Students urged to ‘make their voices heard’ for civil rights

Two leading figures of the American civil rights movement urged university students Thursday to "make their voices heard" on issues of justice and equality, 50 years after the Voting Rights Act was signed into law.

The Rev. James Lawson and the Rev. C.T. Vivian spoke at Middle Tennessee State University about the challenges that remain a half-century after the landmark legislation was signed in 1965.

"What we’re talking about is how you make it possible that your voice is really heard," Vivian told an audience in a packed auditorium, still speaking with the fiery passion he was known for during the civil rights movement. "This is what made the movement; our voice was really heard. But it didn’t happen by accident; we made certain it was heard."

Lawson said the movement five decades ago had cohesiveness and strove to speak with one voice. He and Vivian encouraged the students to do likewise.

"The 21st century needs similar campaigns to correct the horrible things that are happening to fellow Americans across our land," said Lawson, who also spoke passionately.

Mia Griggs, a 20-year-old public relations major at MTSU, said it was inspiring "to actually hear them, those who were pivotal in the struggle for voting rights." Griggs, who registered to vote at a booth outside the auditorium, added, "It makes you want to be active. We can all preach it, but who’s going to do the actions?"

Vivian and Lawson were friends and confidants of the Rev. Martin Luther King Jr. and led demonstrations that helped make the Voting Rights Act a reality.

Vivian, who staged his first sit-in demonstrations in the 1940s, met King soon after the budding civil rights leader’s victory in the 1955 Montgomery Bus Boycott. Vivian’s assault during a voting rights demonstration in Selma, Alabama, in 1965 spurred support for the voting rights legislation that was signed the following August.

Vivian told The Associated Press in an interview that an ongoing battle by a group of Tennessee college students illustrates that the fight is far from over. The students want a federal court to require the state to accept their school identification cards as valid voter identification.

The out-of-state students at Fisk University and Tennessee State University say in a lawsuit that they can’t vote in Tennessee because of voter ID legislation passed in 2011. Tennessee won’t accept identification cards from other states, nor will it accept student identification cards from Tennessee colleges and universities.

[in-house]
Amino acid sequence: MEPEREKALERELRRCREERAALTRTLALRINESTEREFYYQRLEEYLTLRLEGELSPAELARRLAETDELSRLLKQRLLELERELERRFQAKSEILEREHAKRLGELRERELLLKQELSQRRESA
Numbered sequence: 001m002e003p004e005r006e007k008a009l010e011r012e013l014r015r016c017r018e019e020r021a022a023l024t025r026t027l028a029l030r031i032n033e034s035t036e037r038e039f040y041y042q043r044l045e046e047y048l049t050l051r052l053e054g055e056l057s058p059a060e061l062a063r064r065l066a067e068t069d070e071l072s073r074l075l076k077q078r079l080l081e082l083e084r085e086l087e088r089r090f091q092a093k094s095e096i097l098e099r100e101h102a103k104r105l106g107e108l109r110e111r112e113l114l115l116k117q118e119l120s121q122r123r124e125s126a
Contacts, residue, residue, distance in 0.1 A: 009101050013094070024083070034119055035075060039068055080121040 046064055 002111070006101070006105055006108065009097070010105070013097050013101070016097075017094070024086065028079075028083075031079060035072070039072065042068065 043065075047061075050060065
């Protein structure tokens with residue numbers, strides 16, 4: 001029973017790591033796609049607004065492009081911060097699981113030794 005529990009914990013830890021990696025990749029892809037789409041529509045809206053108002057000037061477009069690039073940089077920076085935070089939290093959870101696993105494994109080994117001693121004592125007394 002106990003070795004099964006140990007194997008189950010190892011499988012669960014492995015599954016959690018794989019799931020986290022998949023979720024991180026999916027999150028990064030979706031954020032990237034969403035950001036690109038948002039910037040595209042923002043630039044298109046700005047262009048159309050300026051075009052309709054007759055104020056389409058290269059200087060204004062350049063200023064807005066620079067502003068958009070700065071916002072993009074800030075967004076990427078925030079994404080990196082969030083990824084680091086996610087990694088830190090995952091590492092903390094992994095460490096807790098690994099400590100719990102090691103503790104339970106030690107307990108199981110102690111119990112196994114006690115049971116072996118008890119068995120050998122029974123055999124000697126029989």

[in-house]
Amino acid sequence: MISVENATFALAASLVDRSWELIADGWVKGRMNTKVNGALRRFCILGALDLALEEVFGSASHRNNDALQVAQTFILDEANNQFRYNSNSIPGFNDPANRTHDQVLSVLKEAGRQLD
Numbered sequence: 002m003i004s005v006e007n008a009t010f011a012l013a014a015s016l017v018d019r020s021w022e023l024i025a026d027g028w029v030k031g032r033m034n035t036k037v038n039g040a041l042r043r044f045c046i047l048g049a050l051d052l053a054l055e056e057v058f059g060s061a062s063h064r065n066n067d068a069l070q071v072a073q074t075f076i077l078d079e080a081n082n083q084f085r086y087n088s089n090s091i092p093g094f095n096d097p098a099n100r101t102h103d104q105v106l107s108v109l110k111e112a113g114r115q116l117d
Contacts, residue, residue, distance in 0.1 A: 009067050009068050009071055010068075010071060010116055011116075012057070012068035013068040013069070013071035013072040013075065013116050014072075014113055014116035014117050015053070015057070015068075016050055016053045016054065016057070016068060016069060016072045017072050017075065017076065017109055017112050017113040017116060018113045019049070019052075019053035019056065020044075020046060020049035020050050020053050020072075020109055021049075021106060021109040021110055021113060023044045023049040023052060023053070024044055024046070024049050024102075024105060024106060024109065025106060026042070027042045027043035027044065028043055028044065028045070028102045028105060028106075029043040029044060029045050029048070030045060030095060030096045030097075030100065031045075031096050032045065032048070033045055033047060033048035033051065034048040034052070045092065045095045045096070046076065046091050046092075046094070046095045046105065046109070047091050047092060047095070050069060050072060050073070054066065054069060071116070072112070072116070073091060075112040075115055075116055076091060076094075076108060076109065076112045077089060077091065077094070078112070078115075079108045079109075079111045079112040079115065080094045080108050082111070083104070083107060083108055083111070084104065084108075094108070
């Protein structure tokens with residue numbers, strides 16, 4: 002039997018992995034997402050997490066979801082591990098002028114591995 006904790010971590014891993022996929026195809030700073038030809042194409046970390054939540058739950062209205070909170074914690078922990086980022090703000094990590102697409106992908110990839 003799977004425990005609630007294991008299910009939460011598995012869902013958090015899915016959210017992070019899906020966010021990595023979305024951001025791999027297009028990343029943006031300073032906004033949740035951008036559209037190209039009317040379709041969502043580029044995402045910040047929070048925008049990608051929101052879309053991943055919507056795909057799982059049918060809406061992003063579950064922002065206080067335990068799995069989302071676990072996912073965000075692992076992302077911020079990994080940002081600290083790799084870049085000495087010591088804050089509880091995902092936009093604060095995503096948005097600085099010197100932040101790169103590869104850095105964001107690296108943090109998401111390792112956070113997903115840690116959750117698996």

Vivian, 91, said he’s encouraged by their determination, despite the persistent challenges.

"It lets me know that we will eventually overcome," Vivian said. "And that … the work we’ve done for this nation is slowly being fulfilled."

Lawson, 86, trained students in nonviolent protest in the early 1960s, including many who became leaders of the movement, such as Diane Nash, Bernard Lafayette, John Lewis and the late James Bevel. Sit-ins by the students he trained led to the successful integration of lunch counters in Nashville, the first of many Southern cities to make that move.

"We are still a society trying to reach the place where we recognize the right of every citizen to vote," said Lawson.

More than two dozen states have passed tougher voting laws over the past several years, adding new requirements on voter ID for instance. In 2013 the U.S. Supreme Court threw out a key section of the Voting Rights Act, requiring all or parts of 15 states with a history of discrimination in voting to get federal approval before changing the way they hold elections.

Since then, President Barack Obama and congressional Democrats have called for legislation to strengthen the Voting Rights Act, but they have met with resistance in the GOP-led Congress.

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